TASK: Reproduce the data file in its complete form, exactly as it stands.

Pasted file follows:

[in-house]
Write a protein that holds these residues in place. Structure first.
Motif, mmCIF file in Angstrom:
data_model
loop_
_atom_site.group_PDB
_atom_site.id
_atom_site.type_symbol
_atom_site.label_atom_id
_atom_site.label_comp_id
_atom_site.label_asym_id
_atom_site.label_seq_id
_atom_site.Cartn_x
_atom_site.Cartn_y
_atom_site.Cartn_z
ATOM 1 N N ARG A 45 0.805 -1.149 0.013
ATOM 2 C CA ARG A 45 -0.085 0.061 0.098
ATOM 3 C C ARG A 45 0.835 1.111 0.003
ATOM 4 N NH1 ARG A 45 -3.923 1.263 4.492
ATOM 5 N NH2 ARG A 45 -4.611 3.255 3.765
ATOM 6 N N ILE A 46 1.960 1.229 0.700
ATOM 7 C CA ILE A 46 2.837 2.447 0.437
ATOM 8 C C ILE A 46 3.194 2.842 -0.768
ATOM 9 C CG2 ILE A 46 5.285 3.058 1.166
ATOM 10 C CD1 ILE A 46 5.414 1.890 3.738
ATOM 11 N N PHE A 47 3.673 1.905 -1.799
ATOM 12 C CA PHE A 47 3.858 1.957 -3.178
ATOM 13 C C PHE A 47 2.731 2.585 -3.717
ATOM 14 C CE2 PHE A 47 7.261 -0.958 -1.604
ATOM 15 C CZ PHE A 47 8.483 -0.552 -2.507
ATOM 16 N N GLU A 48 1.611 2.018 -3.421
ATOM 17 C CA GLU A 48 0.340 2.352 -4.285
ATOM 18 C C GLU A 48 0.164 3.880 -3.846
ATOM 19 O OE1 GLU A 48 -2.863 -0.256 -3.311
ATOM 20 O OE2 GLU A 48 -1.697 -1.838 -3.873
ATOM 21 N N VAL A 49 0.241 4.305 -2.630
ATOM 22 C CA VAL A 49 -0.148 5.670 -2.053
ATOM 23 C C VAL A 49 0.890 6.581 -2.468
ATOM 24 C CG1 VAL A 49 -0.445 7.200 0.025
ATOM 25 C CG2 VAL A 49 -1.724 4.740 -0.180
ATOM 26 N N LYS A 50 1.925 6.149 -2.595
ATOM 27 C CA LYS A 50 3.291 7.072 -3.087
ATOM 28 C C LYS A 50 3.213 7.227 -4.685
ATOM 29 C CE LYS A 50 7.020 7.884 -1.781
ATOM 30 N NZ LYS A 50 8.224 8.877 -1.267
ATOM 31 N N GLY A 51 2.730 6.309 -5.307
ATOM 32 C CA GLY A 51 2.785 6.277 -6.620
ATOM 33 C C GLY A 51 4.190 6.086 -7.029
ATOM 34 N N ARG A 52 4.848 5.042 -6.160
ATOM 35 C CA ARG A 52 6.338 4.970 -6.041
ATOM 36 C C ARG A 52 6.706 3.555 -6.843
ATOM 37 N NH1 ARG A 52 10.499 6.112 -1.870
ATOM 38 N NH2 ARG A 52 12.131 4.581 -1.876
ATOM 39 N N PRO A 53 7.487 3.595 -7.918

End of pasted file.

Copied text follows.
[in-house]
Write a protein that holds these residues in place. Structure first.
Motif, mmCIF file in Angstrom:
data_model
loop_
_atom_site.group_PDB
_atom_site.id
_atom_site.type_symbol
_atom_site.label_atom_id
_atom_site.label_comp_id
_atom_site.label_asym_id
_atom_site.label_seq_id
_atom_site.Cartn_x
_atom_site.Cartn_y
_atom_site.Cartn_z
ATOM 1 N N ARG A 45 0.805 -1.149 0.013
ATOM 2 C CA ARG A 45 -0.085 0.061 0.098
ATOM 3 C C ARG A 45 0.835 1.111 0.003
ATOM 4 N NH1 ARG A 45 -3.923 1.263 4.492
ATOM 5 N NH2 ARG A 45 -4.611 3.255 3.765
ATOM 6 N N ILE A 46 1.960 1.229 0.700
ATOM 7 C CA ILE A 46 2.837 2.447 0.437
ATOM 8 C C ILE A 46 3.194 2.842 -0.768
ATOM 9 C CG2 ILE A 46 5.285 3.058 1.166
ATOM 10 C CD1 ILE A 46 5.414 1.890 3.738
ATOM 11 N N PHE A 47 3.673 1.905 -1.799
ATOM 12 C CA PHE A 47 3.858 1.957 -3.178
ATOM 13 C C PHE A 47 2.731 2.585 -3.717
ATOM 14 C CE2 PHE A 47 7.261 -0.958 -1.604
ATOM 15 C CZ PHE A 47 8.483 -0.552 -2.507
ATOM 16 N N GLU A 48 1.611 2.018 -3.421
ATOM 17 C CA GLU A 48 0.340 2.352 -4.285
ATOM 18 C C GLU A 48 0.164 3.880 -3.846
ATOM 19 O OE1 GLU A 48 -2.863 -0.256 -3.311
ATOM 20 O OE2 GLU A 48 -1.697 -1.838 -3.873
ATOM 21 N N VAL A 49 0.241 4.305 -2.630
ATOM 22 C CA VAL A 49 -0.148 5.670 -2.053
ATOM 23 C C VAL A 49 0.890 6.581 -2.468
ATOM 24 C CG1 VAL A 49 -0.445 7.200 0.025
ATOM 25 C CG2 VAL A 49 -1.724 4.740 -0.180
ATOM 26 N N LYS A 50 1.925 6.149 -2.595
ATOM 27 C CA LYS A 50 3.291 7.072 -3.087
ATOM 28 C C LYS A 50 3.213 7.227 -4.685
ATOM 29 C CE LYS A 50 7.020 7.884 -1.781
ATOM 30 N NZ LYS A 50 8.224 8.877 -1.267
ATOM 31 N N GLY A 51 2.730 6.309 -5.307
ATOM 32 C CA GLY A 51 2.785 6.277 -6.620
ATOM 33 C C GLY A 51 4.190 6.086 -7.029
ATOM 34 N N ARG A 52 4.848 5.042 -6.160
ATOM 35 C CA ARG A 52 6.338 4.970 -6.041
ATOM 36 C C ARG A 52 6.706 3.555 -6.843
ATOM 37 N NH1 ARG A 52 10.499 6.112 -1.870
ATOM 38 N NH2 ARG A 52 12.131 4.581 -1.876
ATOM 39 N N PRO A 53 7.487 3.595 -7.918